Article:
In light of the recent Olympic games, the first-ever Recruitment Marketing Conference, SmashFly Transform™, and our love of recruitment marketing pioneers everywhere, our Recruitment Marketing Champion Series will highlight a lineup of big thinkers, bold leaders, and simply awesome people paving the way in transforming how modern organizations attract and hire top talent.
Name: Julia Levy
Tweet her: @RecruitingJulia
Title: Talent Acquisition and Recruiting Operations Director, Fiserv
Favorite Olympic sport: Gymnastics
Transform Session: Give Them a Candidate Experience They Can’t Refuse
Quick work credentials:
20+ years in recruiting
Applied undergrad and master’s degrees in psychology and counseling to a career in talent acquisition, starting at Georgia State in the Career Counseling office and worked from there
Now Director of Talent Acquisition Operations at Fiserv for a year, overseeing a team of 16 in social media, recruitment marketing, candidate experience, sourcing strategies, analytics, tools and technologies.
Quote of interview:
“Don’t be discouraged if your company doesn’t easily embrace recruitment marketing. You can still make strides in bite-size chunks.”
Six questions with Julia:
Do you feel that having a degree in psychology gives you an edge in talent acquisition?
When I spoke with people as a recruiter, I understood their motivations. I am always asking people about what they do and what they love about it and why – and considering how that might fit into an organization’s structure and culture. I’m a natural connector and sourcer, always thinking with a networking mindset and introducing people with common backgrounds and interests.
What was your biggest win in getting a company to embrace recruitment marketing?
I have never been at a company that fully embraces recruitment marketing, and I say this because of certain constraints that have always been present. I have worked with insurance and financial services companies that are inherently risk averse for fear of an SEC hit or some other penalty. I’ve had to work closely with compliance and legal departments to use recruitment marketing strategies within the constraints of the company.
Since I came on board at Fiserv, we have developed a comprehensive social media and recruitment marketing program. As a financial services technology company, we have a cutting-edge culture but a level of caution related to the brand. We use SmashFly for CRM and are starting to into expand job marketing with the platform. We have an SEO-optimized career site and do candidate remarketing. We are doing some cool strategies with Google AdWords and Facebook Sponsored ads, and we have a robust social media calendar. Our Chief Human Resources Officer supports all of our efforts – we just need to partner with marketing and legal to make it happen.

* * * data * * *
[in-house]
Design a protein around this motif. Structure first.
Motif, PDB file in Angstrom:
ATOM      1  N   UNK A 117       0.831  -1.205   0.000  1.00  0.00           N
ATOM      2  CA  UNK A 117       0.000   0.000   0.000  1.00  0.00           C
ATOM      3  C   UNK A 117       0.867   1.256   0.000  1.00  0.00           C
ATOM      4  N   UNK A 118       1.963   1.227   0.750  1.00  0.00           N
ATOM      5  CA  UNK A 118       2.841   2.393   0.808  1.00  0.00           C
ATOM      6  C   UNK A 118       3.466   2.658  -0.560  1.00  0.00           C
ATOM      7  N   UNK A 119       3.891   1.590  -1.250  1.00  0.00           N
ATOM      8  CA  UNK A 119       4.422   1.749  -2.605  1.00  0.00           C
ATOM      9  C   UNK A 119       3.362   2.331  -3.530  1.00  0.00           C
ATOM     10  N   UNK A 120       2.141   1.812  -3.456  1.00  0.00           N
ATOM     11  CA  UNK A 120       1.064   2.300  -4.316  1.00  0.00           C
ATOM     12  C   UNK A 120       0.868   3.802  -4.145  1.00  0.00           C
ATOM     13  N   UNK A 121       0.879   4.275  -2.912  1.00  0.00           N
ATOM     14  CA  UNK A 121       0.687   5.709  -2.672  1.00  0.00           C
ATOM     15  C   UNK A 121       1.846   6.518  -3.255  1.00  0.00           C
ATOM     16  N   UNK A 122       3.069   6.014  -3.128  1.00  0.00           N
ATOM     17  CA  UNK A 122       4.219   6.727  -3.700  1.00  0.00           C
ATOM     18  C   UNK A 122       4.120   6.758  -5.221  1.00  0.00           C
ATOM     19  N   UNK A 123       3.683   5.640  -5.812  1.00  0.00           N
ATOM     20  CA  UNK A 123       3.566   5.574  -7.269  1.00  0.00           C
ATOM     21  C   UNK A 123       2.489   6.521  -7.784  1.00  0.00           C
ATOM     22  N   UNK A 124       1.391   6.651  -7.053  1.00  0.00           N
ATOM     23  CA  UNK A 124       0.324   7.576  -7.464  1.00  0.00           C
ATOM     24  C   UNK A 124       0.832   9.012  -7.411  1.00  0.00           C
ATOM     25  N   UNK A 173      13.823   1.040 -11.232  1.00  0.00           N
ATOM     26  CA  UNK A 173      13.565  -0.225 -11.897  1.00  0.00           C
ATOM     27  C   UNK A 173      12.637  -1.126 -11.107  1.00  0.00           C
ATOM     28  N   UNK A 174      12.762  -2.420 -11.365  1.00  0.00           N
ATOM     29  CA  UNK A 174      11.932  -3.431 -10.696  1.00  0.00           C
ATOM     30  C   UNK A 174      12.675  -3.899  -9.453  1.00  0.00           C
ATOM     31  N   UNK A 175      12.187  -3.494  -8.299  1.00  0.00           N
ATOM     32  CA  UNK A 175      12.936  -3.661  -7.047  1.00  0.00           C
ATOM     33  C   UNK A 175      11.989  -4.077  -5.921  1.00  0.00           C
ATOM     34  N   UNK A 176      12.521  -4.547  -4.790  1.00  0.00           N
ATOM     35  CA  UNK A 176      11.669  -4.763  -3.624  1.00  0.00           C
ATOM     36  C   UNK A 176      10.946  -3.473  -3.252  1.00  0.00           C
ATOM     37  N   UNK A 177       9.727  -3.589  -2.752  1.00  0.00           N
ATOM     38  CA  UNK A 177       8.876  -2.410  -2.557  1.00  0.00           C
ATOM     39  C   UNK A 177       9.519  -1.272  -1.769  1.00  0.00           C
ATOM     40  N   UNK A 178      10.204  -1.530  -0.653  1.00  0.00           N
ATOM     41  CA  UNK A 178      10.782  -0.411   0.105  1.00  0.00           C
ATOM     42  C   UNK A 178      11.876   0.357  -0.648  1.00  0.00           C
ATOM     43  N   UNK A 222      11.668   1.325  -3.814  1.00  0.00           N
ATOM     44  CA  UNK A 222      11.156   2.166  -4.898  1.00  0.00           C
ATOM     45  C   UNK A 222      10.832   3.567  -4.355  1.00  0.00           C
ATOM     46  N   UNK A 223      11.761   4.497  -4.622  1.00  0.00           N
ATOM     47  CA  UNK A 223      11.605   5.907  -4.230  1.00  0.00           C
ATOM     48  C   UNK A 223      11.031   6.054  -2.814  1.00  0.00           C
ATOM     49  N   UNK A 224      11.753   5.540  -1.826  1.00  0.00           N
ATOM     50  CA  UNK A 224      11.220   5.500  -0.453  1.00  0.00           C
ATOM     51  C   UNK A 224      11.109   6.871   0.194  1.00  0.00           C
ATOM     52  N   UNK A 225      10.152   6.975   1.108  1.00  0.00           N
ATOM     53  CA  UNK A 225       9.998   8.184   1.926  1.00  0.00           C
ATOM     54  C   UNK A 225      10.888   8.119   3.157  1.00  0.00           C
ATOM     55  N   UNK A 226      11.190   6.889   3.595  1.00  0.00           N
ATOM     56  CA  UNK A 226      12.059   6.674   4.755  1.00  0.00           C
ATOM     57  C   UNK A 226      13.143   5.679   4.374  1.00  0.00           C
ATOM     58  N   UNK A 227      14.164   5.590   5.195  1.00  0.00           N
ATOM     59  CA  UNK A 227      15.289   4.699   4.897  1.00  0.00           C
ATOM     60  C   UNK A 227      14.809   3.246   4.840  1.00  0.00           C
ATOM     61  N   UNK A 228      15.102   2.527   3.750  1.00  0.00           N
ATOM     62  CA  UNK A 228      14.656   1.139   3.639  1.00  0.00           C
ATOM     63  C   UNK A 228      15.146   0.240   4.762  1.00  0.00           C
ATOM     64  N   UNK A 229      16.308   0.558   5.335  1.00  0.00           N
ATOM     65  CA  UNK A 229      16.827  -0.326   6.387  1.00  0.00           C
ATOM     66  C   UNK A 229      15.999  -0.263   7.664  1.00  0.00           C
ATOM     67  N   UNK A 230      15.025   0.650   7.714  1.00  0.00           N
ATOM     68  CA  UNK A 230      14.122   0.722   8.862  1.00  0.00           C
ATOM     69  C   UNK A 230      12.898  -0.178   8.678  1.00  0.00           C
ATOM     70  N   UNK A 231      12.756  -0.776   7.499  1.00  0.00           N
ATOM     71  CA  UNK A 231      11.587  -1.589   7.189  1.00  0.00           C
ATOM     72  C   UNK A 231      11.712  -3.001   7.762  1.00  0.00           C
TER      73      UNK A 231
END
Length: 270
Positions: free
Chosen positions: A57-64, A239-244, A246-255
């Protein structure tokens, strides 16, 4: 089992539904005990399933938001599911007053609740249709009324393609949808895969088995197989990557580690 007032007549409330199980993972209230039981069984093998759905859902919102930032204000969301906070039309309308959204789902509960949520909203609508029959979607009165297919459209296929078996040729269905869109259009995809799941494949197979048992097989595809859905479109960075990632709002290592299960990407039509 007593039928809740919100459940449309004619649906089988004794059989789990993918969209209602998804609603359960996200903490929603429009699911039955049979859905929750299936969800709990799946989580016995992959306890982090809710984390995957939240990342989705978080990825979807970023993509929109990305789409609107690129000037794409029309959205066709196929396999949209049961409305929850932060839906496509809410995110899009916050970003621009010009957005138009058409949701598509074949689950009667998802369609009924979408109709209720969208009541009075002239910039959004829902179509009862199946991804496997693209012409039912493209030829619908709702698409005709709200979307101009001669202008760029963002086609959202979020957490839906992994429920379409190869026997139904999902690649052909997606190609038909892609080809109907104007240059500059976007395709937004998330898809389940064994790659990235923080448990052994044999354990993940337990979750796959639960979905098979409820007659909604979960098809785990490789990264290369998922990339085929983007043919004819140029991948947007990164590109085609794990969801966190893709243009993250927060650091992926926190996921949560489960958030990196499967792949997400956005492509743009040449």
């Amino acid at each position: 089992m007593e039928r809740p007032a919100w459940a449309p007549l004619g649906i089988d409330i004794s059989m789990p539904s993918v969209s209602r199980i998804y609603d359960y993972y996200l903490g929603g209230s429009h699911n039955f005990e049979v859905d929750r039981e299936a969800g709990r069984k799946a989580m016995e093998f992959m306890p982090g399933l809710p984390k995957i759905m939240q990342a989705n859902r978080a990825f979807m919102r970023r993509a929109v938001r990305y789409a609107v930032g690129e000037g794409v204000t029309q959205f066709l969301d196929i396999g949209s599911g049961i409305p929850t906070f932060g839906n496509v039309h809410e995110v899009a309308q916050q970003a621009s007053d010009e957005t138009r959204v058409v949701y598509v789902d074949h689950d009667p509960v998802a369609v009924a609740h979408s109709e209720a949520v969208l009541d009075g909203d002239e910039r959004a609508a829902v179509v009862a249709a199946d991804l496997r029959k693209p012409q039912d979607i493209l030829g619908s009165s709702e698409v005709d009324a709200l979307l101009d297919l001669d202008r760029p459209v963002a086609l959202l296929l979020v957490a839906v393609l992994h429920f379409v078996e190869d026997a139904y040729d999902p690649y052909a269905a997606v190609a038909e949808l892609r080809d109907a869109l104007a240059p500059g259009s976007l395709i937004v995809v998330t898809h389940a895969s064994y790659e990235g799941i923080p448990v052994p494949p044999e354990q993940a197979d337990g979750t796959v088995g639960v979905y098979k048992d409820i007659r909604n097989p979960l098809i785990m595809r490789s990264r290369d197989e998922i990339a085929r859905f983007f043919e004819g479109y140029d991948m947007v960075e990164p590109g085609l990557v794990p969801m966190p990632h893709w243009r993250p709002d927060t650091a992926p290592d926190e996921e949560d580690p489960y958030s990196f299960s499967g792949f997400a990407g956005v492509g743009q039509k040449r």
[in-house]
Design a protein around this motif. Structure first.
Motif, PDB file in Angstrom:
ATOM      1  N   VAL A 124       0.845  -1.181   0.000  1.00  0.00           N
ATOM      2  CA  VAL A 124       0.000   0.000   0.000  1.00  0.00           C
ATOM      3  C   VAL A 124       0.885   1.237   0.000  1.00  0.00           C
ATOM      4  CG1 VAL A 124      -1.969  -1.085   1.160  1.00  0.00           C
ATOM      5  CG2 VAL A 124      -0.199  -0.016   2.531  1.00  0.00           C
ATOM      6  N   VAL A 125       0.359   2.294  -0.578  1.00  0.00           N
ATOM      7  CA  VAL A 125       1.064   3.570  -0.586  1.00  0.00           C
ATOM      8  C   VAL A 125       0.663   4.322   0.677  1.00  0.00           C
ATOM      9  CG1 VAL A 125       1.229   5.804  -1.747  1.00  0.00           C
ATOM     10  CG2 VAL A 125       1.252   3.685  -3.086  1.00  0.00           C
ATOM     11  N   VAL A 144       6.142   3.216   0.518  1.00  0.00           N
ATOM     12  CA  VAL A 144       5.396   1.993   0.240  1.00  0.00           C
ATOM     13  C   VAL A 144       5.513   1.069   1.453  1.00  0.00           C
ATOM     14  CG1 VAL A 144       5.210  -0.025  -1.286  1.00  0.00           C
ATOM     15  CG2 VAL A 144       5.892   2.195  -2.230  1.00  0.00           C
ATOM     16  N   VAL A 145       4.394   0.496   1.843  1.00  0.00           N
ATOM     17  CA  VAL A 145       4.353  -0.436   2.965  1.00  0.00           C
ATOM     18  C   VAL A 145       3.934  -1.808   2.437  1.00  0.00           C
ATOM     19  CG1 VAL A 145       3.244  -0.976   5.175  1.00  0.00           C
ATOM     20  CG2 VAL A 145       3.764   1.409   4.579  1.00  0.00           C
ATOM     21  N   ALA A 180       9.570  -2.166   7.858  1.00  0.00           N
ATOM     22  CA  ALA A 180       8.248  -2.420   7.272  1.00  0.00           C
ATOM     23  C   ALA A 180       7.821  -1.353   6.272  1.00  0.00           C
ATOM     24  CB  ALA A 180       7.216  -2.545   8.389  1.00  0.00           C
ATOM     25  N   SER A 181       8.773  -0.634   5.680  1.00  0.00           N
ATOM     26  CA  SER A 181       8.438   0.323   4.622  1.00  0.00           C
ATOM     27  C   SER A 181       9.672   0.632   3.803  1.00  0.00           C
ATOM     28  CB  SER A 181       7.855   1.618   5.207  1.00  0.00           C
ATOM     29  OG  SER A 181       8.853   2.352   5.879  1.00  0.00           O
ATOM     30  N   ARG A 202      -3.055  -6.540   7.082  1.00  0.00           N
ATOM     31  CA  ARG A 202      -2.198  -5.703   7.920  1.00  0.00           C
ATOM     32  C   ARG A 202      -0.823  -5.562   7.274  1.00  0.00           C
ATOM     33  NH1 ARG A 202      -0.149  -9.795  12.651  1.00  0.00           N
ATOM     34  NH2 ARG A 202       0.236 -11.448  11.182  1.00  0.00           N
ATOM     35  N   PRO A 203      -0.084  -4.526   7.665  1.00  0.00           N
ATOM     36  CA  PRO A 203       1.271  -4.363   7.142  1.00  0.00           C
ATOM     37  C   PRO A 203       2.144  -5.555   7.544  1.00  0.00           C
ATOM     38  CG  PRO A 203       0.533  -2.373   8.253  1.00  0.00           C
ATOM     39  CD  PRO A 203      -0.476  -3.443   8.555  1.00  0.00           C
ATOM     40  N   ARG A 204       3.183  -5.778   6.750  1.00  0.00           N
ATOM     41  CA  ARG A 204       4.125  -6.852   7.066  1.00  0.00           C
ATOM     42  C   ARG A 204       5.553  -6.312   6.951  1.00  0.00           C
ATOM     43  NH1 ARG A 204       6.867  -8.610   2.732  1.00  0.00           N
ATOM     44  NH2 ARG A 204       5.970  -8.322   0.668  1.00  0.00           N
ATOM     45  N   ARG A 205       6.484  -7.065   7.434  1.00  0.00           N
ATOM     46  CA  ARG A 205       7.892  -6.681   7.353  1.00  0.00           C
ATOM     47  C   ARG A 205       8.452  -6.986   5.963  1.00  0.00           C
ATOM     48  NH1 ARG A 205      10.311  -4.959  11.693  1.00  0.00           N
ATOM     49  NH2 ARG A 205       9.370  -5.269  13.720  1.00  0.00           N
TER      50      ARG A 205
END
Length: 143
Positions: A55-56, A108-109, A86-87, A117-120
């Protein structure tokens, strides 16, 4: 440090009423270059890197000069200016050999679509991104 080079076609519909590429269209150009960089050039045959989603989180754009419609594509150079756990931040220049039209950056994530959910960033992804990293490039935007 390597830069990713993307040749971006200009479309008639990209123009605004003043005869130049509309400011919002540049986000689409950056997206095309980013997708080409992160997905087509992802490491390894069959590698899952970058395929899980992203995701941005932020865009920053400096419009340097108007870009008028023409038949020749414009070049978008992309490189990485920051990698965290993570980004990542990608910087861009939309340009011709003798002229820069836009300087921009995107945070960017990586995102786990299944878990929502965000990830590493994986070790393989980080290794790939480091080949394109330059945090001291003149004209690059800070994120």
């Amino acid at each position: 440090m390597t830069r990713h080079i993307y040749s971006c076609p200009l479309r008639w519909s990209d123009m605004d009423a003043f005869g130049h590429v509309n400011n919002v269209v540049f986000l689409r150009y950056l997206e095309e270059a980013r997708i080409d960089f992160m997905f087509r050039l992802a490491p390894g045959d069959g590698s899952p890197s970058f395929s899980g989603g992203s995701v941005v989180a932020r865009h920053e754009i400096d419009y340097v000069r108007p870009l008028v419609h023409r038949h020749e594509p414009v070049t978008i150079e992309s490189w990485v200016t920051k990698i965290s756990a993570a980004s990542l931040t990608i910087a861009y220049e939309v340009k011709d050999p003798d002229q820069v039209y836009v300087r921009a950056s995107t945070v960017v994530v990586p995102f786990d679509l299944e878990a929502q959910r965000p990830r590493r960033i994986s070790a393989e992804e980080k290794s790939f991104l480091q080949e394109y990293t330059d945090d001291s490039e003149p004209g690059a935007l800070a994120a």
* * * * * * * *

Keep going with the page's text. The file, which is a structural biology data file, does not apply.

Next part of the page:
Do you feel that the challenges with recruitment marketing adoption stem from your industry or general unease about a new discipline?
Both, really. There is risk aversion, but if you think back to email or social media or even the move from newspapers to job boards, there was initial hesitation then as well. The other component is partnering with the marketing team, which is focused on the consumer brand. It’s important to gain their buy in and educate them about the employer brand and recruitment marketing.
It’s a constant evolution. Instead of posting, we are thinking about pushing jobs in front of people where they naturally are, like Snapchat or Instagram. We are also planning a multi-day photo shoot in order to have authentic videos and images of the Fiserv brand and employees that engage candidates.
What is your best piece of advice for someone struggling to push initiatives forward?
Stay the course! It’s about partnerships and education. Here’s an example: We are readying to launch a Veterans page and a Candidate Resource Center on our career site. Our head of marketing was asking whether we should be focusing on people globally vs. nationally. So, I went online to look at our competitors’ sites and spoke with some of our offices internationally. I learned that hiring “veterans” means past employees in many regions – where in the U.S. we call them alumni. I also have to really think about the creative and help marketing understand the differences in candidate vs. customer audiences.
I say stay the course because you can see how the CH2Ms or PepsiCos do the “big bang” stuff – but need to understand that those companies may have a brand with more leeway. Don’t be discouraged if your company doesn’t easily embrace recruitment marketing. You can still make strides in bite-size chunks.
Were you hired to bolster the recruitment marketing initiative at Fiserv?
Fiserv didn’t have a recruitment marketing initiative, but I was brought on to shake things up. I was afforded a larger budget than I was accustomed to and empowered to identify areas where we could make a big impact – so I’ve taken on transforming recruiting operations.
What’s next for recruitment marketing?
It’s looking at these emerging tools and technologies and blending things. I’ve joked that maybe we should explore a Fiserv Pokémon Go!
The next thing is extending recruitment marketing and social media practices beyond a small team. We need to roll out these practices to recruiters, hiring managers and employees as well. This year we are working on a candidate experience initiative. As a result, a big component of upcoming hiring manager training will involve social media and marketing training for managers – everything from the importance of your LinkedIn profile to job postings or interview questions. Best practices will soon be embedded into the DNA of thousands of employees. It’s exciting.
See Julia speak live at SmashFly Transform™ November 2-4, 2016.